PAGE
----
CHIPPEWA FALLS — For the past two decades, Jennifer London has doted after the animals in the Irvine Park zoo. She has made sure they were fed, cleaned their messes, cared for them when they were sick, celebrated the births and mourned the deaths.
“I tend to favor the ones who need me the most,” London said. “I give them a little bit more attention, because they need it.”
London, 62, has decided to retire, with her final day on Jan. 15. Her mother in Pittsburgh is ailing, and she’s opted to retire and return to her hometown. But it wasn’t an easy decision.
“I know all the animals like me, and appreciate me,” she said. “It means a lot. It does pull on your heartstrings. I love the relationship with the animals, and seeing I am making a difference for them.”
London said everyone loves the lemurs, but she also adores some of the other more-threatening animals.
“The hyenas are actually pretty sweet; the way they look at you, their eyes are really soft,” she said.
Her least favorite job? Gathering all the ducks from a pond every night in the summer months and getting them indoors. They run from her, and sometimes head up a nearby hill to escape.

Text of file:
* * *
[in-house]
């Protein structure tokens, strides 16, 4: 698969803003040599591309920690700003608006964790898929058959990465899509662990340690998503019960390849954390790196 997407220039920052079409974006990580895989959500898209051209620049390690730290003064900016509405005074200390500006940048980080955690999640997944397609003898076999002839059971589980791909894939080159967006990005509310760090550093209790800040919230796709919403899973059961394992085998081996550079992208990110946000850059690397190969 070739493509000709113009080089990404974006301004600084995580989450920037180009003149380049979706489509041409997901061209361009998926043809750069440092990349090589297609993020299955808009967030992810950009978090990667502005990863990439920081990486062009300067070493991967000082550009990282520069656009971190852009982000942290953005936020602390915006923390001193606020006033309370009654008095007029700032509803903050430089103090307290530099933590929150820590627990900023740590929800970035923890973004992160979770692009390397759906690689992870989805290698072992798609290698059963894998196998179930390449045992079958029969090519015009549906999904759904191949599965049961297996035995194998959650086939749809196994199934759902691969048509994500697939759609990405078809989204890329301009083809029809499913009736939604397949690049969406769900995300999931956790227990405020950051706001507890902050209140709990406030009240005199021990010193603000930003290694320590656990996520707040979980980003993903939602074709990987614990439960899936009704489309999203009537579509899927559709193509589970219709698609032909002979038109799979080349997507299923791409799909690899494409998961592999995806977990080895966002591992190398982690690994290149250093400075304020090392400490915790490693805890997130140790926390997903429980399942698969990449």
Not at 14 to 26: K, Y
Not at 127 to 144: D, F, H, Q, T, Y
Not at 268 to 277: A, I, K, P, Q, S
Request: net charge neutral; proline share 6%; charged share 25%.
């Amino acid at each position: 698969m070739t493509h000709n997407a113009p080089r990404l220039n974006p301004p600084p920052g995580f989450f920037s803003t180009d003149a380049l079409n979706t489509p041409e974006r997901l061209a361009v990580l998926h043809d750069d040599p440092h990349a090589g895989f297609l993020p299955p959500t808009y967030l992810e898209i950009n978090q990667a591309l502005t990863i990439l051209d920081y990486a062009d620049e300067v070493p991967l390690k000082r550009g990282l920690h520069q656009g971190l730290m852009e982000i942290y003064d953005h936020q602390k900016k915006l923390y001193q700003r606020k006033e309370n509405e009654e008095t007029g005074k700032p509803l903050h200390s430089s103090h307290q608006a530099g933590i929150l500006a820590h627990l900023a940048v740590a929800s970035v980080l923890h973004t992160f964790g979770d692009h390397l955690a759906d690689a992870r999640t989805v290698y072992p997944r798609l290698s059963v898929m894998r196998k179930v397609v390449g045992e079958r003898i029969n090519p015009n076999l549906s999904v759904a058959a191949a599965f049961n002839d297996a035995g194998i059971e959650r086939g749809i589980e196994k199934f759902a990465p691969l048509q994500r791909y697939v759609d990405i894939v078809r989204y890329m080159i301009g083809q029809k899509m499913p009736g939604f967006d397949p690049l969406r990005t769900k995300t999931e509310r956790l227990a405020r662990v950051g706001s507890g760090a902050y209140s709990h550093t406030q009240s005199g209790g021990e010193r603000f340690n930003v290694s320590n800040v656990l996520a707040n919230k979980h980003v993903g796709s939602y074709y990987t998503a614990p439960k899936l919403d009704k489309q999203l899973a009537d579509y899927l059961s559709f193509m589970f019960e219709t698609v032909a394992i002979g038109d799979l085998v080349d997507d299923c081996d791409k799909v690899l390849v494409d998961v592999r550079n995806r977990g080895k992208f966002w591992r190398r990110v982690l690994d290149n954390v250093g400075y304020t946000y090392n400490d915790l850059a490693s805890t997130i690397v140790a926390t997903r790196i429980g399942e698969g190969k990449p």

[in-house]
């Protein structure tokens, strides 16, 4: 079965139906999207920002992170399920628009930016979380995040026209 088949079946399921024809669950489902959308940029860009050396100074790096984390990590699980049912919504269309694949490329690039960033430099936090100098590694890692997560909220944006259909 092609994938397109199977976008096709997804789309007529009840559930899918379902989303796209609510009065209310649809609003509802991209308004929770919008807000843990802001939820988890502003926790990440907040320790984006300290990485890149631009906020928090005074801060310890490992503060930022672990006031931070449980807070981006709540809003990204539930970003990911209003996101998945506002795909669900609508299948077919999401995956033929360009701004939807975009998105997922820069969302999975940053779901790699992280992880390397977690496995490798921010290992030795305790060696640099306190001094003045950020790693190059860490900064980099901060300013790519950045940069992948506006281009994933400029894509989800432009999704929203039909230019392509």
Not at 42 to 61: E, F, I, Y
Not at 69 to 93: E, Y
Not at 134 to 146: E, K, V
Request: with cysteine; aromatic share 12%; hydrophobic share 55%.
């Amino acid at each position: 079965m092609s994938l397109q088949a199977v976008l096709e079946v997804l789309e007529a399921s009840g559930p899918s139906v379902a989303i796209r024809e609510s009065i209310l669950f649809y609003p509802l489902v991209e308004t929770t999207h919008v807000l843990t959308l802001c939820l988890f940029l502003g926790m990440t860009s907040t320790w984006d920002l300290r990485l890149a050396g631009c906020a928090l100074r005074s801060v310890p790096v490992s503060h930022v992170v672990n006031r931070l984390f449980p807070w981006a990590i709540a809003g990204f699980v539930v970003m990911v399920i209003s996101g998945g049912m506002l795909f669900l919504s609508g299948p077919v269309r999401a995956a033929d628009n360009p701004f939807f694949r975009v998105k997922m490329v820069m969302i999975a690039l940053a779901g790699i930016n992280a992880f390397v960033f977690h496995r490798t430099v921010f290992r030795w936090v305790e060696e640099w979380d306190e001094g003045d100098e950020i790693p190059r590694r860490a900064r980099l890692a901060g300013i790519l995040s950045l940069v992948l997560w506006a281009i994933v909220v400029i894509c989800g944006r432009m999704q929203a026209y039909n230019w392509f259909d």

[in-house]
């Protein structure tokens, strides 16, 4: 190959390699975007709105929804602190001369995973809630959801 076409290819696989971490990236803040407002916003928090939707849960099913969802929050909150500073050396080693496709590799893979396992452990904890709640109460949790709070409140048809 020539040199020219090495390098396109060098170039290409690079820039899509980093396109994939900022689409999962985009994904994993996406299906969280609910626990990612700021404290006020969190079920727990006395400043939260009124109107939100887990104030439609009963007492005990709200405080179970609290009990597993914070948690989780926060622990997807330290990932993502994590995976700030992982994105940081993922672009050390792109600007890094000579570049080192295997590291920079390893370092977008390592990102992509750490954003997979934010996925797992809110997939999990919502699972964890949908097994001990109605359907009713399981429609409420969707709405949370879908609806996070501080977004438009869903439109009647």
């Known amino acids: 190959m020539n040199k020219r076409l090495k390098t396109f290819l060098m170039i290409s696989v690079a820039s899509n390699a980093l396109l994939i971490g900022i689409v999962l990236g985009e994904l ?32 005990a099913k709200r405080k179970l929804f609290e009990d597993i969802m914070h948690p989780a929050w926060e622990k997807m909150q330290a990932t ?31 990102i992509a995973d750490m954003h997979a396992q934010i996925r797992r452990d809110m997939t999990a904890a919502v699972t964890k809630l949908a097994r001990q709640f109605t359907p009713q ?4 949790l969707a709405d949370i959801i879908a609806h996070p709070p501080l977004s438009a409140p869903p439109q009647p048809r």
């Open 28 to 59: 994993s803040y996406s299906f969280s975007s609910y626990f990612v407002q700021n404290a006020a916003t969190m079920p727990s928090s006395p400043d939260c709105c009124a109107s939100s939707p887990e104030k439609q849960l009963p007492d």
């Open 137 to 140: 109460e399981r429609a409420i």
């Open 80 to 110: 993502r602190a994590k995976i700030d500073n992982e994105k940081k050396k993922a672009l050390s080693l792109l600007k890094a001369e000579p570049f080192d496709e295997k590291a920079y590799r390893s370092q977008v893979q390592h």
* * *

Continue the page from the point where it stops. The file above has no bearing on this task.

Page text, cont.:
“They have to come inside; we do have predators that would get them,” she said.
Long-time Chippewa Falls Parks Director Dick Hebert, who retired in March, praised the work London has done in her career here.
“She was obviously very passionate about her job,” Hebert said. “The city of Chippewa Falls was so fortunate she stayed here. She came with a lot of experience, and she took a lot of pride in her work.”
Hebert said it is clear how much London enjoyed being around the animals.
“From spending so many hours with the animals, she had a close attachment with them,” Hebert said. “She took our zoo to another level, as far as the training and care of the animals.”
Chippewa Falls Mayor Greg Hoffman said London was a professional who knew her job well.
“She’s a knowledgeable employee,” Hoffman said. “She had a sincere love and concern for the animals.”
Hoffman said the next challenge is finding a good replacement. The city is taking applications for the job. The city budgets about $150,000 annually for the zoo. That pays for a full-time zookeeper, a part-time worker, food, vitamins, testing and other expenses.
Improved, larger exhibits
During her 21 years here, London has worked to expand the zoo and obtain larger, safer exhibits for the animals. When she arrived, the bobcats, bears and cougars were in small structures that didn’t allow the predatory animals much room to move. The first bear cage constructed in Irvine Park was in 1909. The small animals building was constructed in 1914, and was rebuilt in 1962. However, those aging exhibits were considered unsafe for the animals and the zoo workers, and it wasn’t easy to see the animals.
In 2002, the Chippewa Falls Parks Board voted to build the three new displays at a cost of about $1.2 million, which was raised through private donations. The bear exhibit, which opened in 2005, is about 5,000 square feet. The cougar display, which opened in 2008, is about 2,600 square feet in size and now houses two tigers.